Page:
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Thoughtful agriculture reigns supreme at Upper Five Vineyard in Talent, Oregon

Terry Sullivan and his partner Molly morison own a 3.5 acre vineyard in Talent, Oregon. Their plot of land at 1,920 feet above sea level in America’s Rogue Valley wine region is southern Oregon’s first certified organic vineyard. In 2018, they obtained biodynamic certification from Demeter USA. Their elegant and sober wines are produced by Jean Grochau in his cellar in Amity, Oregon.

Upper Five is best known for: Agricultural practices that include minimal or no irrigation and refusal to destroy beneficial organisms by plowing vineyard soil. “It’s like a Hippocratic oath for the land. Organic farming is “do no harm first”. Biodynamic farming is about “doing good then,” Sullivan said.

Innovation: Deployment of a beneficial insect to prevent leaf roll disease from entering its vineyard. Grape leaf roll disease can reduce crop yields by up to 20%, and its occurrence in southern Oregon is a significant problem.

When Sullivan learned that mealybugs were the vector of the disease, he looked for a natural solution to control them. “Most vineyards will spray insecticides, which I won’t and cannot do. Then I found out that farmers in California were having great success with a predatory ladybug known as the mealybug killer, ”Sullivan said.

Even though Sullivan stopped adding mealybug destroyers to his vineyard three years ago, they are still doing their job. The Upper Five Vineyard stays free from mealybugs and curls.

Current version “to try”: Grenache 2020 Upper Five Vineyard ($ 28). I’ve always loved the taste of Grenache from Upper Five, closer to southern France than southern Oregon. Sullivan is particularly excited about this upcoming release as it is made in giant clay pots. “I think the Grenache made in the amphora will become our flagship wine,” said Sullivan.

Biggest failure or success: Sullivan is proud to have significantly reduced the use of fungicides such as elemental sulfur or knotweed extract for late blight control. “Most people here spray six times a year, and this year I sprayed twice,” Sullivan said.

Sullivan attributes the reduction to a lot of hard work of canopy management in the vineyard.

Last book read: “The Critic” by Peter May. “It’s not nerdy, but it’s a fun read about a murder in a vineyard that’s trying to go organic,” Sullivan said.

History: Sullivan, an oceanographer, and Morison, a botanist, began their wine journey by purchasing the top five acres of the historic Bagley pear orchard in Talent, Ore., In 1999. They planted vines of tempranillo, sauvignon blanc and of syrah in 2003. In 2006 they added grenache.

During the first years, they sold their fruit to Caves Grochau. In 2010, they released a tempranillo as their first wine under their own label.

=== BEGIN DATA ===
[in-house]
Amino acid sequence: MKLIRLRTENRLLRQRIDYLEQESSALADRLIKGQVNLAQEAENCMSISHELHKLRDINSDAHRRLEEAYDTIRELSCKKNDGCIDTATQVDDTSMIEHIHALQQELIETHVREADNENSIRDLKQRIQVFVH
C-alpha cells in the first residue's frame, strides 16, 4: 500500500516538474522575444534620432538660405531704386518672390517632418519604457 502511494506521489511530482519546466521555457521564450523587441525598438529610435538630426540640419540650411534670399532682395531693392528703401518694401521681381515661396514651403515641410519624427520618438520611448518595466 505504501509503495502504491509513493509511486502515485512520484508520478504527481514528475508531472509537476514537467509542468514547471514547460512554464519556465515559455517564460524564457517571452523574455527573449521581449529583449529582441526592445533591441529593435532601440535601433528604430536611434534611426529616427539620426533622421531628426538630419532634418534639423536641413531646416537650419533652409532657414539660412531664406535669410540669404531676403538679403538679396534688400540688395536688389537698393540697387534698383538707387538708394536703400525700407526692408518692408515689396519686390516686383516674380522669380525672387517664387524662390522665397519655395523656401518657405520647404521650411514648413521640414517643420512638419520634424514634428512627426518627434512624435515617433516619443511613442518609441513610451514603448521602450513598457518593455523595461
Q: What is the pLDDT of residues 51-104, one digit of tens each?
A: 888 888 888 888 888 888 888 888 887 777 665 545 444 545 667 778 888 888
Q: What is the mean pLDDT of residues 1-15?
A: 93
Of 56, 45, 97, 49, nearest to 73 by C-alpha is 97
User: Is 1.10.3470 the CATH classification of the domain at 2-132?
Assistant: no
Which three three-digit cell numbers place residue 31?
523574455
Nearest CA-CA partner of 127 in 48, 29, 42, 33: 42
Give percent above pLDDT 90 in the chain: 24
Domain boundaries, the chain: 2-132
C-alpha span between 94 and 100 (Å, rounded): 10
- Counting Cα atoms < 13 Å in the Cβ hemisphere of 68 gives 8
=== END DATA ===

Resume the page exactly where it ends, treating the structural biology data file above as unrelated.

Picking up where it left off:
What we don’t know: Sullivan once located a sunken ship laden with gold. He was hired by a couple of treasure hunters he calls “pirates” to track down the SS Islander, which sank in 1900 in 365 feet of water off the coast of Alaska. The steamship is said to have carried 30,000 pounds of gold at the time. “After I found it, they offered me one percent of the treasure or my usual fee of $ 800 a day,” Sullivan said.

Sullivan bore the brunt, which turned out to be a smart move. The treasure hunters have been tied up for years in a maritime court, fighting another company for rights to the wreck. The rival company eventually sold for $ 4 million in gold in 2012. “I hardly got rich off oceanography,” Sullivan said.

The biggest inspiration: Doug Tunnell, the owner / winemaker of Brick house vineyards in Newberg. “We discovered his biodynamic wines at the start of our trip and they inspired us. They are on a different level, ”Sullivan said.

Official currency of the cellar: “Prettier than powerful.” Sullivan assures me that the motto refers to wines.

Or buy: Even though Upper Five’s production is only 700 cases per year, you can find them in several locations around Ashland and Portland. The estate also offers the sale of bottles and the “U5” wine club via their website.

the Ashland Food Cooperative offers a wide selection of Upper Five wines in Ashland, while Have fun and Larks serve them by the glass in their restaurants.

Many Portland retail bottle stores carry Upper Five wines, including Blackbird, Flying Fish Co. and Cellar 503. For dining experiences with Upper Five in the wine country of northern Oregon, head to Newberg to eat at Ruddick / Wood, Social goods and the Newburg bistro.

Outside of Oregon, the only Upper Five location is Natural foods from the good land in Fairfax and Mill Valley, California. or 541-285-8359.

– Michael Alberty writes on wine for The Oregonian / OregonLive. He can be contacted at To learn more about its coverage, visit